I’m picky about suitcases, especially carry-ons. It took me two years to find the right one. I’ve bought and returned so many suitcases that it’s now a running joke in our house: any time there’s a large box on our porch, Scott jokes that it’s my next failed suitcase.
For ages, I eyed my husband’s Int’l Tumi carry-on. The $600 – $800 price tag is more than I am willing to pay for any suitcase. Thus, my search began and two years later, I’ve got a carry-on I can fit into for a seven to ten day trip.
Here is the run down of a handful of the carry-on suitcases I tried. I looked at many other brands in stores, but all had the same point of failure. Read on.
If you’re willing to go wheel-less, this is the bag for you. It’s more spacious than any other carry-on. I was able to squeeze nearly twice the amount of clothes, shoes, and toiletries into this bag than any carry-on including my husband’s Int’l Tumi.
Downside here is the weight. I’m 5′ 3″ and athletic, but the constant pressure on my shoulder(s) makes travel uncomfortable if not miserable. The bag has backpack straps which helps, yet the weight is still too much for me.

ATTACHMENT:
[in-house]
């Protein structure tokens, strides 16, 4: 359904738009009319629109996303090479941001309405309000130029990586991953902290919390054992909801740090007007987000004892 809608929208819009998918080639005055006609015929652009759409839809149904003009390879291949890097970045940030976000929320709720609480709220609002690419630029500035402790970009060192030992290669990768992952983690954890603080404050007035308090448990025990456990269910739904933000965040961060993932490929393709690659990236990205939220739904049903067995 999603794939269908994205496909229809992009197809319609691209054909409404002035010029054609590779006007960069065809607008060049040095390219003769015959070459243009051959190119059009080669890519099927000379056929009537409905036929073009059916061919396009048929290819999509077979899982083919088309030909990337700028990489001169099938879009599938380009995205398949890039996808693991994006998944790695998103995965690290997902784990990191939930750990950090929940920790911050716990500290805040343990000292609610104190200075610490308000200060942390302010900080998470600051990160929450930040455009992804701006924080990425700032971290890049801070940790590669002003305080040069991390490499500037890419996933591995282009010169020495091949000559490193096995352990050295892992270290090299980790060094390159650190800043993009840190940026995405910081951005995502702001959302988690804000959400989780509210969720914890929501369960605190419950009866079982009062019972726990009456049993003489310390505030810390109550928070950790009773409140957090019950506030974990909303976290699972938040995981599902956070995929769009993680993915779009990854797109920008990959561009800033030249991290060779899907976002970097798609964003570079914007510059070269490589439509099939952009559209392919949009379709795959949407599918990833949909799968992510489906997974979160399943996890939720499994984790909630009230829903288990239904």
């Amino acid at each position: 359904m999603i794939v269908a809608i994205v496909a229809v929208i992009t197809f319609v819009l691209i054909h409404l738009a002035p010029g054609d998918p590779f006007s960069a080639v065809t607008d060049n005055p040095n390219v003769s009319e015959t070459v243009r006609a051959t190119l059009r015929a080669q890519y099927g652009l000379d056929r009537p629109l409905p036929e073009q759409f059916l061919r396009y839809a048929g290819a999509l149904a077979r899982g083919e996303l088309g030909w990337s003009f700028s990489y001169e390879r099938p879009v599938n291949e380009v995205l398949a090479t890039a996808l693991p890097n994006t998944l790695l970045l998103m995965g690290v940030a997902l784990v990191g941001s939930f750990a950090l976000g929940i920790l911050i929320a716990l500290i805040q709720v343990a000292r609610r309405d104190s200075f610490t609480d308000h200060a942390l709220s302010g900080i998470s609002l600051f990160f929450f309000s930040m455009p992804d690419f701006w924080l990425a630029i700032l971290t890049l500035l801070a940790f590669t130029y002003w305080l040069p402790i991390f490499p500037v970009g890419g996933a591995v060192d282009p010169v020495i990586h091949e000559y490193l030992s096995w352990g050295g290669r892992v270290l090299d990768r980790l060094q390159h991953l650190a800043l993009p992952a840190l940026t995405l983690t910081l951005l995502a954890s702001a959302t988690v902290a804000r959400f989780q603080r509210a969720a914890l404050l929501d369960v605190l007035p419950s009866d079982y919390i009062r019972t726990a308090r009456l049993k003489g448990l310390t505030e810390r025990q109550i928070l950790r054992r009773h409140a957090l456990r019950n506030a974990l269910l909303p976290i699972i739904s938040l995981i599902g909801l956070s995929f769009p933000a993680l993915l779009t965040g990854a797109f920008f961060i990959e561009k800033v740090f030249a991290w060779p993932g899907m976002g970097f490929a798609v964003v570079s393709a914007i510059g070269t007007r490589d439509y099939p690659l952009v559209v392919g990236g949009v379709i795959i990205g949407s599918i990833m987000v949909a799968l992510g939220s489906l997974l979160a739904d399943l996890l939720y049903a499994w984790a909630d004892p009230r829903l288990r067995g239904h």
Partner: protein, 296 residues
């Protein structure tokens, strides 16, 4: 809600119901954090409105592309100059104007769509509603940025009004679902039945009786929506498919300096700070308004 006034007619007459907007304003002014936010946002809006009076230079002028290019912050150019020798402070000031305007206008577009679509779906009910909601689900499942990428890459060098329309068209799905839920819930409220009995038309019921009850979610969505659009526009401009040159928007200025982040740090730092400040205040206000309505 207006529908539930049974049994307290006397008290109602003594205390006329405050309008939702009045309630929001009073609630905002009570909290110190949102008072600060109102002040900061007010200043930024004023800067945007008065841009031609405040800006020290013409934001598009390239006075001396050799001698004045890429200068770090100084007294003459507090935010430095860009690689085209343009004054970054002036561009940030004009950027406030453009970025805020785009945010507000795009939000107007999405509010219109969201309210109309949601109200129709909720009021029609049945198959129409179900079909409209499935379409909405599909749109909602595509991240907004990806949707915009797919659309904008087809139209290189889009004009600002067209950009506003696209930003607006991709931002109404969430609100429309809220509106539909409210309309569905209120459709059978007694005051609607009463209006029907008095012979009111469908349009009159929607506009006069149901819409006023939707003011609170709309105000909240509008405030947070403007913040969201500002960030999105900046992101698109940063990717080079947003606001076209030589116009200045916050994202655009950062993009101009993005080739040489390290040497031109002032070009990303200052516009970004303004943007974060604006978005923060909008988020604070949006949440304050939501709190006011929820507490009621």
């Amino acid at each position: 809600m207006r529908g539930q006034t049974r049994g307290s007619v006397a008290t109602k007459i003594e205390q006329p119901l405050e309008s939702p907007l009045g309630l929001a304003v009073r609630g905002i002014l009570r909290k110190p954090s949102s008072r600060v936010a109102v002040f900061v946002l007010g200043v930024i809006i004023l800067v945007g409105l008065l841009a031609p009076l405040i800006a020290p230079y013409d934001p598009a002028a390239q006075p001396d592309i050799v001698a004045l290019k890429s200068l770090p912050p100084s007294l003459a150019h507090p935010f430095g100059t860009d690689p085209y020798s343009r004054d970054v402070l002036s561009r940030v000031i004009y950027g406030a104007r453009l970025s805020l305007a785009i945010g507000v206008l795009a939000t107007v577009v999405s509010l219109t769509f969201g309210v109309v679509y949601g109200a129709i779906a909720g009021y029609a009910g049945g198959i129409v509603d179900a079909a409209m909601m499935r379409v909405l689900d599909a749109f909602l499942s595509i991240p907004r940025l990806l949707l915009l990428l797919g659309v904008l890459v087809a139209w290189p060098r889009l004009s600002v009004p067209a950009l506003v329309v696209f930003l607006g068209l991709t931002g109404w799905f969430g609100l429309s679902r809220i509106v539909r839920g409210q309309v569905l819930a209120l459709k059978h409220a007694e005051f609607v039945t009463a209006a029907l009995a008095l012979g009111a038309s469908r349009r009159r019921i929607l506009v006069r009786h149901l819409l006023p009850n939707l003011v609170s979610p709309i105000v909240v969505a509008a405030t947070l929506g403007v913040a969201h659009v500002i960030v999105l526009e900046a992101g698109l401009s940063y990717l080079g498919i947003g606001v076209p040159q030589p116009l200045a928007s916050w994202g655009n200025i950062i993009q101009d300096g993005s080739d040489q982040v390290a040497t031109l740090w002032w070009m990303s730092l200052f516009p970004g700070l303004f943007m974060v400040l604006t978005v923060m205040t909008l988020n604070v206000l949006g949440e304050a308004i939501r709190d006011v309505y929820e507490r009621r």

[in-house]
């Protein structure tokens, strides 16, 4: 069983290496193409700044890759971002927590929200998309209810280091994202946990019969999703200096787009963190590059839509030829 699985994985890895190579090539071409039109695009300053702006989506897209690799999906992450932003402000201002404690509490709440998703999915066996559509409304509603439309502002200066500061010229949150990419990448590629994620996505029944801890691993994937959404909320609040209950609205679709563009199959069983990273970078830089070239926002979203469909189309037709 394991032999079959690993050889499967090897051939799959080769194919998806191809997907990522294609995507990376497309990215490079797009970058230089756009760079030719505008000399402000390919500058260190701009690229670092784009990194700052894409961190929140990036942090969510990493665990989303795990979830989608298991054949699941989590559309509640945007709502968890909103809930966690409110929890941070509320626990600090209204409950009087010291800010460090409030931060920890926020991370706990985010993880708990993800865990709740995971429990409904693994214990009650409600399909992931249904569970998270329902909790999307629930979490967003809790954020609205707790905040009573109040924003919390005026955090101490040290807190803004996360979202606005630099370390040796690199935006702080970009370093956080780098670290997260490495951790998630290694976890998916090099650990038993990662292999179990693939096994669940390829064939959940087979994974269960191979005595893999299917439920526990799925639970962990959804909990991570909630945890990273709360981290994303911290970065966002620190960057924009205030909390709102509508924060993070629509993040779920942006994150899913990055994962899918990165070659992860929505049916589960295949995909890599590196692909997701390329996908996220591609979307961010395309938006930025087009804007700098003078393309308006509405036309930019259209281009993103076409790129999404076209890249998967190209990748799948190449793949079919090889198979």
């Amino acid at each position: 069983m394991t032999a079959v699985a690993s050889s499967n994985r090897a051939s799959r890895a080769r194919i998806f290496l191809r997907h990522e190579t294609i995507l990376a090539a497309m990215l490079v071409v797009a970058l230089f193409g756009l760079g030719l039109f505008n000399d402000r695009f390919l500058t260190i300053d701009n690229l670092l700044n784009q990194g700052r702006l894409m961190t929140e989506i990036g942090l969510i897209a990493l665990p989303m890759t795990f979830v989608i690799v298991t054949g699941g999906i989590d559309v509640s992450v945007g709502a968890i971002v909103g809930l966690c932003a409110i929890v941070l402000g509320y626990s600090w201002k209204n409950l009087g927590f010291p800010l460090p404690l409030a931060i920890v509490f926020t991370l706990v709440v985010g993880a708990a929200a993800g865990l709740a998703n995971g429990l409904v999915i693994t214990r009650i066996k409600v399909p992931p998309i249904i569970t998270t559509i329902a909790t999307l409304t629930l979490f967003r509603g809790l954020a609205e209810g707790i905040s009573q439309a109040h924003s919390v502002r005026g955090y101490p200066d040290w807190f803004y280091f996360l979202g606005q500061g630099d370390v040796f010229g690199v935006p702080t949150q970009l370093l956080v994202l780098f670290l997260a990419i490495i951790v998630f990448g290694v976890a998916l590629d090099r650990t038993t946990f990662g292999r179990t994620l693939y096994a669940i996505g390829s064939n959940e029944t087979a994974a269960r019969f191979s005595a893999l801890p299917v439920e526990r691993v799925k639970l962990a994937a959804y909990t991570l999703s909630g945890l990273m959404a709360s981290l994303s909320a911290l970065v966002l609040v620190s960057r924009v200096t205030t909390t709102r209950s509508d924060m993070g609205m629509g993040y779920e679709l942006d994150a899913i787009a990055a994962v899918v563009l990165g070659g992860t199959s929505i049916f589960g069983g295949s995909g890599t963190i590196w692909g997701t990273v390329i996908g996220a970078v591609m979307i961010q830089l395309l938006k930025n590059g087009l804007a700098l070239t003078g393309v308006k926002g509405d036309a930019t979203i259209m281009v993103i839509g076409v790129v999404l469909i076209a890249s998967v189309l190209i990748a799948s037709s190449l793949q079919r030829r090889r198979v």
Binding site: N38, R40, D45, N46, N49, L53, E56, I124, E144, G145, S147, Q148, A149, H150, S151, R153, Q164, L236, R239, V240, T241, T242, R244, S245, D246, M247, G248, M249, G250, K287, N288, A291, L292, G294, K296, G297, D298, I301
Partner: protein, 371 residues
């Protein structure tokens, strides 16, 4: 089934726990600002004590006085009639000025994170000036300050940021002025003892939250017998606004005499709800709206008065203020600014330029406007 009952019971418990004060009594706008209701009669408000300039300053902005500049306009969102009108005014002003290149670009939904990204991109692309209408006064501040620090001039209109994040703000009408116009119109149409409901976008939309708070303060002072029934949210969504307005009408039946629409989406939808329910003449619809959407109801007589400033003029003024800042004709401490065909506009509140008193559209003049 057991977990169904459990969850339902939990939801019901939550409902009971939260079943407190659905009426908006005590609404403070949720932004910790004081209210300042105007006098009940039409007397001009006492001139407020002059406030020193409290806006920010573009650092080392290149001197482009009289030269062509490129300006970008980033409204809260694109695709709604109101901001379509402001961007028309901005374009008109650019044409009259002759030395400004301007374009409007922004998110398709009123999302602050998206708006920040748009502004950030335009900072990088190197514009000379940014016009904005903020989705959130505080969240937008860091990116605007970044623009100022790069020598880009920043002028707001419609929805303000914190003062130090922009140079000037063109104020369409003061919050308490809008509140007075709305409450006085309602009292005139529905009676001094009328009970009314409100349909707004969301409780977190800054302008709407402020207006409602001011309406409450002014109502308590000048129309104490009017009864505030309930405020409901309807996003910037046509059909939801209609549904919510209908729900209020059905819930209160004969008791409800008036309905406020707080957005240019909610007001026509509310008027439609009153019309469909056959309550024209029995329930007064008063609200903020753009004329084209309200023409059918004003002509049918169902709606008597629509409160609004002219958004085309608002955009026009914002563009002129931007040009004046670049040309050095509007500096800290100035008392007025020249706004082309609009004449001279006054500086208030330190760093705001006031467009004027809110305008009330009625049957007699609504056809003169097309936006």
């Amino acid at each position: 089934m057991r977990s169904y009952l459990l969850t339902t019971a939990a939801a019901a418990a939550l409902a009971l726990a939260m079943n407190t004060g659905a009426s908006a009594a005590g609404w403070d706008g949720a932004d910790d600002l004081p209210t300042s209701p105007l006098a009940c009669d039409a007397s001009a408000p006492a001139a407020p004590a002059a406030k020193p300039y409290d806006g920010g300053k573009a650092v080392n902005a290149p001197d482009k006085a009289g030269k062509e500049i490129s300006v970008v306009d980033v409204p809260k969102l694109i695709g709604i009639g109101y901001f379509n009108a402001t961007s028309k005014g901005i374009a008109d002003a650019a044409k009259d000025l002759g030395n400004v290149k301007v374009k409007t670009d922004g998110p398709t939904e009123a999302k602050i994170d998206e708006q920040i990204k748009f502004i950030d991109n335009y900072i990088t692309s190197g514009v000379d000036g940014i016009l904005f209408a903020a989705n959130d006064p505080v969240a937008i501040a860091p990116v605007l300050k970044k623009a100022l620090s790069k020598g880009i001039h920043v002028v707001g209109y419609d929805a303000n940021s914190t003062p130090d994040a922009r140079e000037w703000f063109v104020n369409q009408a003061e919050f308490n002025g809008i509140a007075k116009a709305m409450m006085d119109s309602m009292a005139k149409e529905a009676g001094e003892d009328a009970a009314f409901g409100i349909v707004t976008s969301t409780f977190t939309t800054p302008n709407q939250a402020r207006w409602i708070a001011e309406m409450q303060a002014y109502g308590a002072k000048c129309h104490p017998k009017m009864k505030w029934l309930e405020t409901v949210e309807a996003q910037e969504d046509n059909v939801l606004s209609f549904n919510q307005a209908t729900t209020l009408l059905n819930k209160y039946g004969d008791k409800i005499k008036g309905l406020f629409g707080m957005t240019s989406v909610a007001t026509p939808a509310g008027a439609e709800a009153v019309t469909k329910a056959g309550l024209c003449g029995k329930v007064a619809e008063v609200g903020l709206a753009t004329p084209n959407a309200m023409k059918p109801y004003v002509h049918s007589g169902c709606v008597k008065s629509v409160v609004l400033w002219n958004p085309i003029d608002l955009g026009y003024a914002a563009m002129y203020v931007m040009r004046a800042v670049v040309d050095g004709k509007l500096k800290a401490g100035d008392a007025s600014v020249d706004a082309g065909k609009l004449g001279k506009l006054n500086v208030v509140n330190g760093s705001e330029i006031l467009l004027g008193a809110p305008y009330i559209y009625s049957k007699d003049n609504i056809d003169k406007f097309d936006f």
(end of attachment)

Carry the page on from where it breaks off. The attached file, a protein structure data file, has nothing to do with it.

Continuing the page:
This pales in comparison to it’s wheel-less cousin above. The hardware added to include wheels makes this bag anything but spacious. It’s bulky and out of balance — too much hardware for too little space.
I love Eagle Creek. My full size suitcase is Eagle Creek’s Tarmac AWD 30. Their carry-on version of the Tarmac just doesn’t cut it. Like so many others, the interior compartment houses too much of the suitcase’s hardware.
This is the suitcase my husband has. The two wheeled version has more space than any four wheeled Tumi carry-on. This suitcase is a winner, but at a high price point around $600. What makes this a winner is that unlike all of other wheeled carry-ons I looked at, this one has a simple interior design. The interior doesn’t have hardware taking up a good fourth of the cavity. This suitcase is almost a winner, but the price is too high.
Tumi Four Wheeled Suitcase
I can no longer find this one online. It’s like this one, but a lower price point. It’s bulky, the interior houses far too much of the hardware which takes up valuable space in the main compartment. Features like the plastic caps on every exterior corner are unnecessary and add weight and bulk. It’s narrower than many of the other rolling carry-ons I tested or looked at in stores. This is a Tumi fail.
And we have a winner. This suitcase has it all. Limited hardware sucking up valuable packing space in the main cavity in the suitcase. It’s lightweight (lighter than the four-wheeled Tumi carry-on). It’s $150. It’s expandable.
Key Failure Point
The failure point of most of the carry-ons is the amount of the hardware present in the main compartment of the carry-on. That coupled with excess builk in fabrics and compartments within the suitcase make for a carry-on with less space. Never trust the volume measurements of a suitcase; you must see the suitcase to know how much it can hold.